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Federal Managers Association

Opinions & Editorials

  • Wednesday, June 14, 2017
  • Good Intentions Start a Slippery Slide to the Bottom - June 14, 2017
  • Todd Wells, Executive Director
    Federal Managers Association

    The members of the Federal Managers Association (FMA) remain steadfast in their desire to work with Congress and the President to identify more effective and cost-efficient ways to ensure our veterans receive the treatment they deserve. However, we are extremely concerned by the erosion of due process for federal employees included in the Department of Veterans Affairs Accountability and Whistleblower Protection Act.

    The singular goal of the VA should be to ensure veterans receive the world-class care they have more than earned through their sacrifice for our nation. However, reducing due process rights for all VA employees, including more than 100,000 of these same veterans who now work for Veterans Affairs, does not achieve the intended goal of what is at the heart of this legislation – a valiant effort to properly care for some of our most valued citizens.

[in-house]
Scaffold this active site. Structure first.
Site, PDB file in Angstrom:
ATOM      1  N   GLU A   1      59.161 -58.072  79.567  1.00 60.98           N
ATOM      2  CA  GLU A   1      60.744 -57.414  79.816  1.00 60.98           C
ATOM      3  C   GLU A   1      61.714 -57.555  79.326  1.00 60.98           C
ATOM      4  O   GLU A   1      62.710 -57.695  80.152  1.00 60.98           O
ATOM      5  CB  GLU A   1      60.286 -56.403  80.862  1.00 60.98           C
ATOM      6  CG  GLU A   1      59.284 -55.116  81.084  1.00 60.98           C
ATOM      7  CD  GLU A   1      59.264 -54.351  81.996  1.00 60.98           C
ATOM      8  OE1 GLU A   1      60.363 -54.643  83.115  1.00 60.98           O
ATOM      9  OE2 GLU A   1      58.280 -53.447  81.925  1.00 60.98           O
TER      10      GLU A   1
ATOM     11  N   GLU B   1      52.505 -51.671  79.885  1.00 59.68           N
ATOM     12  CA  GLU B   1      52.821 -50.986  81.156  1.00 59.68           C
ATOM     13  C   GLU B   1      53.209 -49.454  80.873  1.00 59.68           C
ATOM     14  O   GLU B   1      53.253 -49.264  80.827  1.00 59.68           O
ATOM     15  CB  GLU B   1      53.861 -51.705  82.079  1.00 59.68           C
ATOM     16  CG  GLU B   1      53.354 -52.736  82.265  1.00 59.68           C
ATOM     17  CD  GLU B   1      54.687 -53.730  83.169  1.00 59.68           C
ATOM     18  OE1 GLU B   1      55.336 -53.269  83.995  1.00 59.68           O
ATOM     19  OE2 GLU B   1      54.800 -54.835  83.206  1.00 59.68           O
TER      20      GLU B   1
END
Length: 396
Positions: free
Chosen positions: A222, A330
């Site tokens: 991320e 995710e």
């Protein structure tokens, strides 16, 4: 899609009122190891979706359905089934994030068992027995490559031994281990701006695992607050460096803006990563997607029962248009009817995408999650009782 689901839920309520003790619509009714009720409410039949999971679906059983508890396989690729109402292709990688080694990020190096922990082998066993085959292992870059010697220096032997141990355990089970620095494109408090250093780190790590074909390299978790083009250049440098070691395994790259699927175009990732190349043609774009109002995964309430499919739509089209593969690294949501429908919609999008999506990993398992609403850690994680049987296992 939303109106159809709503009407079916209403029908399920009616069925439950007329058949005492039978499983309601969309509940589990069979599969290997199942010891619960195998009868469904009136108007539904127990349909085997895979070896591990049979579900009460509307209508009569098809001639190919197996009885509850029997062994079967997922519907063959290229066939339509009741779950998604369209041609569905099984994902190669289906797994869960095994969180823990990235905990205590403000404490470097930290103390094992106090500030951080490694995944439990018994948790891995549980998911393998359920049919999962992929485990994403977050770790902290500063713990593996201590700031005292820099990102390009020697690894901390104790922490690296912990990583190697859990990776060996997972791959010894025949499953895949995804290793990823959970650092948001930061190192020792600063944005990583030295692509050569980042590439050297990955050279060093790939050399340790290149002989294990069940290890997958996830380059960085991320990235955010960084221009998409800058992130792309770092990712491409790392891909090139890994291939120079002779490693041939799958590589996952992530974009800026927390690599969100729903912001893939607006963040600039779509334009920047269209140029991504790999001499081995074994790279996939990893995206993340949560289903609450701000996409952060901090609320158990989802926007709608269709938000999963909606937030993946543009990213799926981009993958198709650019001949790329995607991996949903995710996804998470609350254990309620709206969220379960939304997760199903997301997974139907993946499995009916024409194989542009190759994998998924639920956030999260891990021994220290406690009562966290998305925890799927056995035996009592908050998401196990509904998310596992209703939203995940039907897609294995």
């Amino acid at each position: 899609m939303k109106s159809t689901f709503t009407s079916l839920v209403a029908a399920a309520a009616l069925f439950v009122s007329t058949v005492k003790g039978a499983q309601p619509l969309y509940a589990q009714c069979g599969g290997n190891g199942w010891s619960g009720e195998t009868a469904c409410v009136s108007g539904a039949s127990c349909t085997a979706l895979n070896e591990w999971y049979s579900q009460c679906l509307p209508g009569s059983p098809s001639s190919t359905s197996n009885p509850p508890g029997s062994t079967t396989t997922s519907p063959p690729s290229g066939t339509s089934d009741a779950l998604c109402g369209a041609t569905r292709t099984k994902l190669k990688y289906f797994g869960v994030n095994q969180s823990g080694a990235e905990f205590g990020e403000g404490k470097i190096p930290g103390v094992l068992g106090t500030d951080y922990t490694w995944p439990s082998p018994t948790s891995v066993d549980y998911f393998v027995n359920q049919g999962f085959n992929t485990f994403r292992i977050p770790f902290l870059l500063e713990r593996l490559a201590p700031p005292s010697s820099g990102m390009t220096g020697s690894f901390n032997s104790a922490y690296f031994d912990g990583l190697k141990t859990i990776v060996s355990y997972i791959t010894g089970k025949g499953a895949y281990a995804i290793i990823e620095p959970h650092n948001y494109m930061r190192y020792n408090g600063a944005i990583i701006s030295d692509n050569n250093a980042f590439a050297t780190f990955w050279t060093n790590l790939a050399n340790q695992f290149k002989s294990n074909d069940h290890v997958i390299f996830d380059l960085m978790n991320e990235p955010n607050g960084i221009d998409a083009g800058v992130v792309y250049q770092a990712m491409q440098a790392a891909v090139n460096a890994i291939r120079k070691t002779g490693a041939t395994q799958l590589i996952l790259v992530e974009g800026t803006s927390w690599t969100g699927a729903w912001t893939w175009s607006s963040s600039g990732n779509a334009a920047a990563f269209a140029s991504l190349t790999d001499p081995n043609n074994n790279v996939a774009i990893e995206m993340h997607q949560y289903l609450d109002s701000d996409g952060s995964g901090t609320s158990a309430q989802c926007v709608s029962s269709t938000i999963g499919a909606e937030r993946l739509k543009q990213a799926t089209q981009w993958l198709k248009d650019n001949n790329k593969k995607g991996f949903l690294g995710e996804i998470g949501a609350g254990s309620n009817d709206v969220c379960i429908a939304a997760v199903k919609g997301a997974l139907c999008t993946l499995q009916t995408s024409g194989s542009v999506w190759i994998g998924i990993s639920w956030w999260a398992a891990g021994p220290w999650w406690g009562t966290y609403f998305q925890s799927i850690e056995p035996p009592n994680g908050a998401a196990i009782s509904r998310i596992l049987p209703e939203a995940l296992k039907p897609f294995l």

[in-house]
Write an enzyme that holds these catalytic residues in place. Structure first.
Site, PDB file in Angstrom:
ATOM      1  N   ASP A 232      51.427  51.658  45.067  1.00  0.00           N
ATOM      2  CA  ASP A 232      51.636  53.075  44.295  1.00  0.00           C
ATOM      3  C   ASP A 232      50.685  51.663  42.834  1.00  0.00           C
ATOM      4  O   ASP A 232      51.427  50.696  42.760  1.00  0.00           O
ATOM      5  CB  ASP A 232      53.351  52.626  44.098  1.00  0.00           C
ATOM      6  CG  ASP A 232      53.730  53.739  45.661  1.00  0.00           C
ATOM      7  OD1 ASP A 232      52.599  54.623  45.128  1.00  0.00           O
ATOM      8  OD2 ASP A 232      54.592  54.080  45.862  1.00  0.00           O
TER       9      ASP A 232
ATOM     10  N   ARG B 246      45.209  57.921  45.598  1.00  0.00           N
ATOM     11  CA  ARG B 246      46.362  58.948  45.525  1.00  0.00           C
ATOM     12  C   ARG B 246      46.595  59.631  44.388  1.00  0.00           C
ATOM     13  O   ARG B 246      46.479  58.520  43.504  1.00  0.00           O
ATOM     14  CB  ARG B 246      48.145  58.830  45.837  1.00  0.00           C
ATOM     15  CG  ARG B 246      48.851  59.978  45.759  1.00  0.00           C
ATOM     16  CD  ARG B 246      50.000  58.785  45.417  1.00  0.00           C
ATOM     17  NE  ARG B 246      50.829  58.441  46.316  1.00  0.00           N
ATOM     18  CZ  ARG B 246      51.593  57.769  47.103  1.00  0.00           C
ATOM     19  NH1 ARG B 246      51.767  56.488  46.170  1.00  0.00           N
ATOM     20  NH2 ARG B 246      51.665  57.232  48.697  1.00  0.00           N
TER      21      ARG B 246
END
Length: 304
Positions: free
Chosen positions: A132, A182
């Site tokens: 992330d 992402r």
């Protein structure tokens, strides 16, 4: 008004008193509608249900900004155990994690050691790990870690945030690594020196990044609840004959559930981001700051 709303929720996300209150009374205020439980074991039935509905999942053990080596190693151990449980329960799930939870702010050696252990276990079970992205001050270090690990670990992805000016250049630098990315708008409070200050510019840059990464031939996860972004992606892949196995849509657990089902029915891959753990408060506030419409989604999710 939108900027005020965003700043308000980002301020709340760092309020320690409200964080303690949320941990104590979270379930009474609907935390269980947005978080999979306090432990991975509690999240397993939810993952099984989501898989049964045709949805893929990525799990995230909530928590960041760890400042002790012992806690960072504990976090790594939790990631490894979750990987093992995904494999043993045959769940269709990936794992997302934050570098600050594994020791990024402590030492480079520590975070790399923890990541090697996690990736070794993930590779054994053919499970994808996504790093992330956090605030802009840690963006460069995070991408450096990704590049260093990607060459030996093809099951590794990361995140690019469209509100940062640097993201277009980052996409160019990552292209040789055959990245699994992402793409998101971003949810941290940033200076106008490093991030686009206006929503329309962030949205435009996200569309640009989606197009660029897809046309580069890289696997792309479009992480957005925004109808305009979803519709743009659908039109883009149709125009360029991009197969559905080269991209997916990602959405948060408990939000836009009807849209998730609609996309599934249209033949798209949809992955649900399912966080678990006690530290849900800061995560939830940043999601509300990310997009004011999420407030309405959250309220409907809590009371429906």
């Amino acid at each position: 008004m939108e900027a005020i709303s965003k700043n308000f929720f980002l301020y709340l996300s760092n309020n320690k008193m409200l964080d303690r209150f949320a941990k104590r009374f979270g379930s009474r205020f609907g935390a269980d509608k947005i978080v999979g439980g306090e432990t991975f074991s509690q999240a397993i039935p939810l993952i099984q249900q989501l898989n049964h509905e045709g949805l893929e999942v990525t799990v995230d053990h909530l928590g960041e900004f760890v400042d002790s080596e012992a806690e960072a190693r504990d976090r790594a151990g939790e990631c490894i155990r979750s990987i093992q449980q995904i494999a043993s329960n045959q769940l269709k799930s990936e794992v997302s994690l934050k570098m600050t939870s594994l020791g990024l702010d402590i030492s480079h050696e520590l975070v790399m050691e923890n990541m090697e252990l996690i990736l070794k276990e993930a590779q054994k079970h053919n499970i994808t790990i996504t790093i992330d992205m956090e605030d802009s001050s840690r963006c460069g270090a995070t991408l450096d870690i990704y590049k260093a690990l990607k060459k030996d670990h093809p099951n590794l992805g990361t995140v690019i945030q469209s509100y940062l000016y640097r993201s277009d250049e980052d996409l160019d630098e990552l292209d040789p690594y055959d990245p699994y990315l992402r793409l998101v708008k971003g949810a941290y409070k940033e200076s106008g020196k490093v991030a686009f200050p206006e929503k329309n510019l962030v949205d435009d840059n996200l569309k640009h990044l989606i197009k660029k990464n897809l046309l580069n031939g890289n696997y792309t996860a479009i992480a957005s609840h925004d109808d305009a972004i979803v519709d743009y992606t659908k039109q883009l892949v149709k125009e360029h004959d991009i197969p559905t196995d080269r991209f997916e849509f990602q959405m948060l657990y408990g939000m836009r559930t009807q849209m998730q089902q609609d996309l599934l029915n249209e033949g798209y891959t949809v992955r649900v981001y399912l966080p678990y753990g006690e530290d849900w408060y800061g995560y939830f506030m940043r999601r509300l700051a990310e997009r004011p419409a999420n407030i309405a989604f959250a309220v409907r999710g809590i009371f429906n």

The bill enables the department's secretary to fire, suspend or demote an employee with only 15 days' notice. Current statute requires a minimum of 30 days' notice from the date the proposal to remove or demote is issued to the employee until its effective date of action. FMA opposes any erosion of federal employees' right to due process. This legislation creates a slippery slope and is one step toward a return to the spoils system where the civil service becomes politicized.

    As both chambers of Congress have passed this bill, and the President has or will soon sign it into law, FMA believes accountability at the VA should be addressed in a different manner. Poor performers and misconduct within the VA and across the federal government must always be addressed in a mature and professional manner, but not at the expense of the disciplinary and appeals process currently afforded federal employees. We argue the current disciplinary system, as written in statute, is not broken – it simply is not always used as intended.

     America’s civil service has been an example to the world of what good government should look like, and provides continuity through sometimes tumultuous transitions. We urge Congress and the President to invest in management training and empower bold decision making by federal managers rather than pull down the foundations of our civil service system.

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